What happens to a doctor after they seriously injure or kill one of their patients because of malpractice? Or when they use their position of trust and power in order to sexually abuse those in their care?
One would think that these bad physicians would be barred from continuing to practice medicine. With lives in the balance, who would allow a doctor with these red flags to work for them?
Apparently, the U.S. government.
A recent investigation by the Wall Street Journal found that doctors had been hired by the Indian Health Service (IHS) despite multiple malpractice lawsuits, allegations of sexual abuse, or drug-related charges. Sadly, although not unpredictably, many of these troubled doctors continued to harm patients.
As the federal agency in charge of providing health services for more than 2.5 million American Indians and Alaska Natives, IHS has hiring guidelines that ought to prevent this from happening. But these safeguards don’t always work, and patients wind up suffering from medical malpractice at the hands of someone who should have been stopped.
Investigation Links History of Malpractice With 66 Deaths Under IHS Care
The Journal looked at federal lawsuits that named IHS doctors and found 163 malpractice cases where the government settled or lost. Since 2006, the Treasury paid out roughly $55 Million as a result of these alleged malpractice claims, and at least 66 people have died.
The investigation revealed that 1 out of 4 doctors involved in these nightmare situations had histories that should have raised serious alarm. According to IHS guidelines, physicians are supposed to be screened for medical-board sanctions and criminal convictions. Unfortunately, such basic inquiries were not always made by IHS managers, the Journal found.
The situation should shock patients, especially those who rely on the IHS for their care. The agency directly operates 24 hospitals, with an additional 22 hospitals managed by Tribes. Typically, these are small hospitals with less than 50 beds, often in remote areas.
Tori Kitcheyan, chairperson of the National Indian Board of Health and its Great Plains Area Representative, told the Journal, “Our tribal members are at the mercy of these federal health facilities… There is no other choice.”
Why Doctors With Histories of Malpractice Continue to Work for IHS
It is not easy for IHS hospitals to attract and retain physicians — locations tend to be isolated, and the pay is lower than it would be at a private practice. In order to fill the positions, hiring managers are sometimes stuck choosing between candidates they would never hire in a perfect world.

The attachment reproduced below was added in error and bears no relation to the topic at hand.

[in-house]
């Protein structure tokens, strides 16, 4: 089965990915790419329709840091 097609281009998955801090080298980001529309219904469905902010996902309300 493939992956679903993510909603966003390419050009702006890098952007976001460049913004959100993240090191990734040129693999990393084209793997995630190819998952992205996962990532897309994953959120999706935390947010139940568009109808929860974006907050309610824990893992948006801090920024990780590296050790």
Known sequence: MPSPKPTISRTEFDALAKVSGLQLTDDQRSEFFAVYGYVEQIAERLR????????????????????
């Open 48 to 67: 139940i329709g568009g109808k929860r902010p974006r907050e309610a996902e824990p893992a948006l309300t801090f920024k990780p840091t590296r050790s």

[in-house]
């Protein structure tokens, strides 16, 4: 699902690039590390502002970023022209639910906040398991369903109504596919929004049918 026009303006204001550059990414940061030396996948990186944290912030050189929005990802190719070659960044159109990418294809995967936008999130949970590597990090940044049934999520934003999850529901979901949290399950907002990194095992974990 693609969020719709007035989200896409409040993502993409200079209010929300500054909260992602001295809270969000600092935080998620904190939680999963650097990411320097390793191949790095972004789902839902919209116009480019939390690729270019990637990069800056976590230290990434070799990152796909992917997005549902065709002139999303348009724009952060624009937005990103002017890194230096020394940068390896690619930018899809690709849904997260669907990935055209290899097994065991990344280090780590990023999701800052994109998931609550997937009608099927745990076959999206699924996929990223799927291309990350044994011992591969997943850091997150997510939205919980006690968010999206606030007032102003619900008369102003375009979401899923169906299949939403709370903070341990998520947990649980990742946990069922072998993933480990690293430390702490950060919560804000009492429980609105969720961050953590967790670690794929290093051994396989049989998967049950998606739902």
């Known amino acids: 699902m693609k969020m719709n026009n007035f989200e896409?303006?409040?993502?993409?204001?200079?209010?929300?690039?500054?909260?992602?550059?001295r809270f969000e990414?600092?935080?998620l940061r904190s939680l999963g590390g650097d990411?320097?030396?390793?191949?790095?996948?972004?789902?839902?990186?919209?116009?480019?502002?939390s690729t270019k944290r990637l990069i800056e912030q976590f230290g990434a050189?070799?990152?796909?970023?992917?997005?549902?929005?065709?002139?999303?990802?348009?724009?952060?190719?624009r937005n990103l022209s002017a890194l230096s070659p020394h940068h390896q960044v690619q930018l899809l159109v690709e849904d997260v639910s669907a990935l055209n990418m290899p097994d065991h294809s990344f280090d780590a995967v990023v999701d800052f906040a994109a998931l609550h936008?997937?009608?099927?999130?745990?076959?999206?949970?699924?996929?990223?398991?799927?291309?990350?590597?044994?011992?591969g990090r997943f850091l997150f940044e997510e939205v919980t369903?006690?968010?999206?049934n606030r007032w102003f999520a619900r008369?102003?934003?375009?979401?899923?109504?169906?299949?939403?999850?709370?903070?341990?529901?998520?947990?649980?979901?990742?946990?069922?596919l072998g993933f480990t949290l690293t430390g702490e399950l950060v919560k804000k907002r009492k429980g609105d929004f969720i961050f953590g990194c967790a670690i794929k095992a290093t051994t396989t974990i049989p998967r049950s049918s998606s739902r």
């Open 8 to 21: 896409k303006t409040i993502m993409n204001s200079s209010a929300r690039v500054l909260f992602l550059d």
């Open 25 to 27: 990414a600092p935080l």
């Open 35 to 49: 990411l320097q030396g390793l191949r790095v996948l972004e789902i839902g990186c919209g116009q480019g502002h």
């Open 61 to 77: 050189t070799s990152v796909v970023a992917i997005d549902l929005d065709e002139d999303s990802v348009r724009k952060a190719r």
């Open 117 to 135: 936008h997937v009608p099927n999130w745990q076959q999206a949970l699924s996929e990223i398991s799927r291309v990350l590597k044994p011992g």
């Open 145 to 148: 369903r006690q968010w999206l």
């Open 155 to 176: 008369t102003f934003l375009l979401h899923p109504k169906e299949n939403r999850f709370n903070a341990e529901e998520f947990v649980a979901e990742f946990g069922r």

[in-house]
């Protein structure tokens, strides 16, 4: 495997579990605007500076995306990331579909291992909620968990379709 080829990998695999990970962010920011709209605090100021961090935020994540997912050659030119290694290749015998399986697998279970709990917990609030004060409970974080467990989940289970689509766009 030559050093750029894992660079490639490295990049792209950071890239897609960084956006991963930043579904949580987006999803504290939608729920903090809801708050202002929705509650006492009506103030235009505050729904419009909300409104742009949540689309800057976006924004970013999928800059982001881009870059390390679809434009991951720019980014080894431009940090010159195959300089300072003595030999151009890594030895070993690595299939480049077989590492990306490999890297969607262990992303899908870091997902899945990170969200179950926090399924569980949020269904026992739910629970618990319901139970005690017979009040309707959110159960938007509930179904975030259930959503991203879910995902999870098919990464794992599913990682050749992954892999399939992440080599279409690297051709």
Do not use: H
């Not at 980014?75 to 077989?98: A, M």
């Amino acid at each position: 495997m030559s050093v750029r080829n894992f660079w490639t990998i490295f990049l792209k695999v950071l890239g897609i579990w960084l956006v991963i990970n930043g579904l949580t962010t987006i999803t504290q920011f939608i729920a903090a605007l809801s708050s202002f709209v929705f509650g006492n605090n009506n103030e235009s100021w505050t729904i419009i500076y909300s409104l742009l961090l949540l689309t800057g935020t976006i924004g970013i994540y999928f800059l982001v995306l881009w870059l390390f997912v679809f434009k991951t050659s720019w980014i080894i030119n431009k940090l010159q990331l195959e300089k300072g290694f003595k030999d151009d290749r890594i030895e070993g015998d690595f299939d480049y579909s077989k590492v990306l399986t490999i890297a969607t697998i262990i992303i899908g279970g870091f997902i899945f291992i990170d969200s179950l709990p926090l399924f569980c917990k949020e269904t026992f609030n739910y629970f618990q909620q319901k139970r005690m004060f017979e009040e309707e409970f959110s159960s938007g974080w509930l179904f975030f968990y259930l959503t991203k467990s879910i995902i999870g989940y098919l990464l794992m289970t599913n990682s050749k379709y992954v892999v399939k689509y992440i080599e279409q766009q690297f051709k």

Compounding the problem is that IHS hospitals are attractive to doctors with a history of malpractice. Unlike private practice, IHS doctors do not need to carry their own insurance coverage, which can be unaffordable for those with multiple malpractice claims against them. And, in most cases, the government is stuck paying for malpractice claims, not the doctors.
Regardless of the challenges, IHS is failing by its own standards to provide dependable care for those who need it. Of the 171 doctors identified in the lawsuits, the Journal found:
- 3 with criminal convictions
- 18 with sanctioned/revoked medical licenses
- 33 with multiple malpractice claims against them
When a patient walks into a hospital, they assume that everyone working there has a safe record of conduct. With no way to find out for themselves, patients depend on the healthcare system to weed out bad actors.
By giving questionable physicians multiple chances, the IHS is putting people in harm’s way.
IHS Officials Turn Blind Eye to Pedophile Pediatrician’s Reign of Terror
Earlier this year, Stanley Patrick Weber was found guilty of sexually abusing young boys under his care at the IHS hospital in Pine Ridge, South Dakota. Weber was also found guilty last year for abusing 2 more boys at a government hospital in Montana before he was hired at Pine Ridge.
With more transparency in the system, Weber would likely have been in prison instead of preying on patients. He continued his bad behavior for over two decades before he was finally forced to resign in 2016.
According to a report from the Journal and Frontline, officials throughout IHS repeatedly ignored warning signs from Weber’s colleagues. Would-be whistleblowers were silenced, and the predator pediatrician was simply moved from one reservation to another.
After the verdict was announced, U.S. Attorney Ron Parsons told the Journal that, “Stanley Patrick Weber was a walking and talking nightmare for the Pine Ridge reservation and the people who live there.”
The agency has promised to make changes, but it won’t be easy. As the recent investigation shows, the current system lacks practical safeguards to keep bad doctors out. And these problems are hardly confined to the IHS.
Every day in America, patient’s lives are changed forever by medical malpractice. Whether it is failure to diagnose, a birth injury, or a preventable medical error that causes injury, patients have to be careful to make sure they have the legal support they need.